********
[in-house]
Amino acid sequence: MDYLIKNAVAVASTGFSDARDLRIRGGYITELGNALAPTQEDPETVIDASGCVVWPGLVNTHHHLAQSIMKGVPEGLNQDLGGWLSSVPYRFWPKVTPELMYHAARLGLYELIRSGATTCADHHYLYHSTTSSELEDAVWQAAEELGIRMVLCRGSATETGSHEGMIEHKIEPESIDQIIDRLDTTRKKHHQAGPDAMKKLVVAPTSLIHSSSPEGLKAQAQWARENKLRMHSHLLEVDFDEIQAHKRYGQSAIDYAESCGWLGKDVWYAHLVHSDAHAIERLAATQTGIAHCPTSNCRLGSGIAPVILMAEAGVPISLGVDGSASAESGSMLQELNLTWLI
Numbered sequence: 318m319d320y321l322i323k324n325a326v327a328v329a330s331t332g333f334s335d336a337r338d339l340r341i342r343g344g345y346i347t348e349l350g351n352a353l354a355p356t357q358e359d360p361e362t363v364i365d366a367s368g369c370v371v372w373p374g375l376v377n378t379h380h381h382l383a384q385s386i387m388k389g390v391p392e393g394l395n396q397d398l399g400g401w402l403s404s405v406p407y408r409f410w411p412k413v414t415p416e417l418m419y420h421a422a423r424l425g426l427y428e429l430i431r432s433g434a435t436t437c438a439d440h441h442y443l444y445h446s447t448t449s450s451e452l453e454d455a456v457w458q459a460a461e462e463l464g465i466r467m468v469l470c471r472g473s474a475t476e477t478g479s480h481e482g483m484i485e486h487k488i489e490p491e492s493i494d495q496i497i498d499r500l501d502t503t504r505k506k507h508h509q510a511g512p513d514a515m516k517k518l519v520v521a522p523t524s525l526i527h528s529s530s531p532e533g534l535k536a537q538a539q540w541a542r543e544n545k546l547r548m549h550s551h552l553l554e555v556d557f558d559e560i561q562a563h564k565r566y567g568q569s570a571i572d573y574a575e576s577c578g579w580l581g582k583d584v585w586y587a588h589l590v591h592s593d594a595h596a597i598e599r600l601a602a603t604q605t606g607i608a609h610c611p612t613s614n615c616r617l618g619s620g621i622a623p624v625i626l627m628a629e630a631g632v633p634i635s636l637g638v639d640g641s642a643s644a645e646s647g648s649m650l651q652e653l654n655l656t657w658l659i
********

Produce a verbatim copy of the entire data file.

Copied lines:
[in-house]
Amino acid sequence: MDYLIKNAVAVASTGFSDARDLRIRGGYITELGNALAPTQEDPETVIDASGCVVWPGLVNTHHHLAQSIMKGVPEGLNQDLGGWLSSVPYRFWPKVTPELMYHAARLGLYELIRSGATTCADHHYLYHSTTSSELEDAVWQAAEELGIRMVLCRGSATETGSHEGMIEHKIEPESIDQIIDRLDTTRKKHHQAGPDAMKKLVVAPTSLIHSSSPEGLKAQAQWARENKLRMHSHLLEVDFDEIQAHKRYGQSAIDYAESCGWLGKDVWYAHLVHSDAHAIERLAATQTGIAHCPTSNCRLGSGIAPVILMAEAGVPISLGVDGSASAESGSMLQELNLTWLI
Numbered sequence: 318m319d320y321l322i323k324n325a326v327a328v329a330s331t332g333f334s335d336a337r338d339l340r341i342r343g344g345y346i347t348e349l350g351n352a353l354a355p356t357q358e359d360p361e362t363v364i365d366a367s368g369c370v371v372w373p374g375l376v377n378t379h380h381h382l383a384q385s386i387m388k389g390v391p392e393g394l395n396q397d398l399g400g401w402l403s404s405v406p407y408r409f410w411p412k413v414t415p416e417l418m419y420h421a422a423r424l425g426l427y428e429l430i431r432s433g434a435t436t437c438a439d440h441h442y443l444y445h446s447t448t449s450s451e452l453e454d455a456v457w458q459a460a461e462e463l464g465i466r467m468v469l470c471r472g473s474a475t476e477t478g479s480h481e482g483m484i485e486h487k488i489e490p491e492s493i494d495q496i497i498d499r500l501d502t503t504r505k506k507h508h509q510a511g512p513d514a515m516k517k518l519v520v521a522p523t524s525l526i527h528s529s530s531p532e533g534l535k536a537q538a539q540w541a542r543e544n545k546l547r548m549h550s551h552l553l554e555v556d557f558d559e560i561q562a563h564k565r566y567g568q569s570a571i572d573y574a575e576s577c578g579w580l581g582k583d584v585w586y587a588h589l590v591h592s593d594a595h596a597i598e599r600l601a602a603t604q605t606g607i608a609h610c611p612t613s614n615c616r617l618g619s620g621i622a623p624v625i626l627m628a629e630a631g632v633p634i635s636l637g638v639d640g641s642a643s644a645e646s647g648s649m650l651q652e653l654n655l656t657w658l659i